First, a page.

Rabobank predicts challenging times in dairy
The final milk production tallies for the fourth quarter of 2018 are complete, according to the agricultural research analysts Rabobank, writing in its Dairy Quarterly report. Collections from the Big Seven regions screeched to a standstill, barely lifting at 0.1% year-on-year. Farmgate milk prices were unable to mitigate expensive inputs, with margin squeeze resulting in most major exporting regions unable to significantly boost output. US milk flows struggled to match historic averages, with growth at just 1% for the year. The EU continues to trail year-on-year. Tumbling milk collections in Australia are set for double-digit declines for the season.
Yet a diverging milk collection theme is apparent for other parts of the southern hemisphere. Brazilian milk supply has increased despite modestly rising production costs, while New Zealand posted stronger than expected milk production growth before stalling in February 2019.
A challenging milk production environment is set to continue across the first half of 2019. Lingering weather impacts on feed quality and quantity will continue to play out for the EU, Australia, and now New Zealand for the closing months of the 2018/19 season. Indicative first quarter 2019 Big Seven collections show a small decline in year-on-year milk production growth for the first time since 2016, and second quarter production collectively also looks set to end in negative territory.
Rabobank’s previous quarterly noted the risk of commodity prices rising quickly in the face of stalling milk production. This has been the case from the fourth quarter of 2018 and into 2019, with the GDT Price Index trending 18% higher from December 2018 to March 2019, while whole milk powder (WMP), in particular, enjoyed a 25% lift over the same period. The lid has lifted on skimmed milk powder pricing, particularly Oceania-origin, as European stocks were depleted much sooner than anticipated. However, commodity prices in the US have yet to realise the full price rally experienced elsewhere, with skimmed milk powder/nonfat dairy milk (SMP/NFDM) well below other international prices.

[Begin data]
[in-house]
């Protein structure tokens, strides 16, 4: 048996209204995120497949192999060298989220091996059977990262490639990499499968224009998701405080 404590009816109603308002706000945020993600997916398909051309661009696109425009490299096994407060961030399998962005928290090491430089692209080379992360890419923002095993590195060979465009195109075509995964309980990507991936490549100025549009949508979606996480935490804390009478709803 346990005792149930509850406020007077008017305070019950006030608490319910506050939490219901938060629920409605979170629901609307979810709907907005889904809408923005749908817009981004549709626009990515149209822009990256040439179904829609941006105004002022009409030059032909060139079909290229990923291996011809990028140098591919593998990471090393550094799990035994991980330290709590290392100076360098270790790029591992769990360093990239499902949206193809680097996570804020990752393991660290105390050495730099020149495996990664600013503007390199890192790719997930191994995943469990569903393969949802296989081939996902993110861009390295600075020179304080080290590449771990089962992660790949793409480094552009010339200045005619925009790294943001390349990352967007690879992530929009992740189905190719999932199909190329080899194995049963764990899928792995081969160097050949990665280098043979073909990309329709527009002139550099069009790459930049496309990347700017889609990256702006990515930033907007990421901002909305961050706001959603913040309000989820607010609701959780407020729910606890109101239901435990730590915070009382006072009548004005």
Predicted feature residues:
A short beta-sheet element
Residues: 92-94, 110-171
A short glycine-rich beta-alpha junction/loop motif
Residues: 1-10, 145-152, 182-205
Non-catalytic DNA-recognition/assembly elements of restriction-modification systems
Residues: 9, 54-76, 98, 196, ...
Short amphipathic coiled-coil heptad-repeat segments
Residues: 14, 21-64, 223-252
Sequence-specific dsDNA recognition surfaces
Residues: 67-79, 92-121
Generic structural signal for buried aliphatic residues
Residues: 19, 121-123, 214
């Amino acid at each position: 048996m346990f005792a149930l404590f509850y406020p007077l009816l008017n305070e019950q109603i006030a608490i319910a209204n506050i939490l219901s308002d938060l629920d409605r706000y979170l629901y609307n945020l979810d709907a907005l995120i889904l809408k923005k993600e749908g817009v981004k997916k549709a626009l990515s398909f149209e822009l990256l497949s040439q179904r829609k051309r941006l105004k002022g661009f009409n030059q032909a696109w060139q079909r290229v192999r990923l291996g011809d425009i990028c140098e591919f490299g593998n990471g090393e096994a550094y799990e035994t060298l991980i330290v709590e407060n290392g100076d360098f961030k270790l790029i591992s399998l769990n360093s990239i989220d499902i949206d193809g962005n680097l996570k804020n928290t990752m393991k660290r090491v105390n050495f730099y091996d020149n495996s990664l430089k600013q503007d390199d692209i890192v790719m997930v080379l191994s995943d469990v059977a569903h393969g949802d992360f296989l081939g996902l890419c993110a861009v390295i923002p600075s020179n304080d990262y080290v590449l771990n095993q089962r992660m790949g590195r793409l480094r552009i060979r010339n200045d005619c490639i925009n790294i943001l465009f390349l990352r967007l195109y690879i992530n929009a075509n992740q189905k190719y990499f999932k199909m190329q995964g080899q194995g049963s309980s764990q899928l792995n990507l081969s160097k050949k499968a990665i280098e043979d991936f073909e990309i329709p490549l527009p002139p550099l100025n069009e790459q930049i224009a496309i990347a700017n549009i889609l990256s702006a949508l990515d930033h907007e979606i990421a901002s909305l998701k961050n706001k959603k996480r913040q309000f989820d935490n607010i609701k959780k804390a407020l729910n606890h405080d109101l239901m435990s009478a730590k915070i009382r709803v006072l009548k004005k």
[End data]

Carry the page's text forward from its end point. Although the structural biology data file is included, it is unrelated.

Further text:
Milkfat price pressure on EU product has remained. The premium on EU butter to Oceania-origin product has declined by more than €1,100/mt since December and is now trading at a discount of around €100/mt. Increased price competitiveness of EU dairy has further made for affordable product – but additional significant price drops are unlikely over the forecast period.
If anything, uncertainty regarding the demand outlook has only increased since the bank’s last report. Chaos reigns over the Brexit situation. Trade war tremors continue to reverberate across continents as US tariffs remain firmly in place. Any ‘trade deal’ between Trump and Xi continues to be pushed further out into the year. Global economic growth is looking gloomier for the coming years – we anticipate a US recession in the second half of 2020.
More specifically for dairy, US retail sales are wobbling along, and the outlook remains challenging, with price points set to rise. Economic challenges in South America continue to impact consumption, while retail sales in Australia remain patchy. US foodservice demand, however, remains steady, with modest EU consumption growth forecast for 2019.
Significant pressure on the net exportable surplus available from the Big Seven remains for the second quarter of 2019. Volumes for export will remain tight across the remainder of 2019, with production set to modestly improve into 2020. Assuming macroeconomic fundamentals do not significantly weaken further in 2019, current settings will underpin elevated commodity prices for the first half of 2019. However, clear risks remain firmly skewed to the downside across Rabobank’s forecast period, and squarely focused on the affordability of dairy in an environment of weaker economic growth and rising retail prices.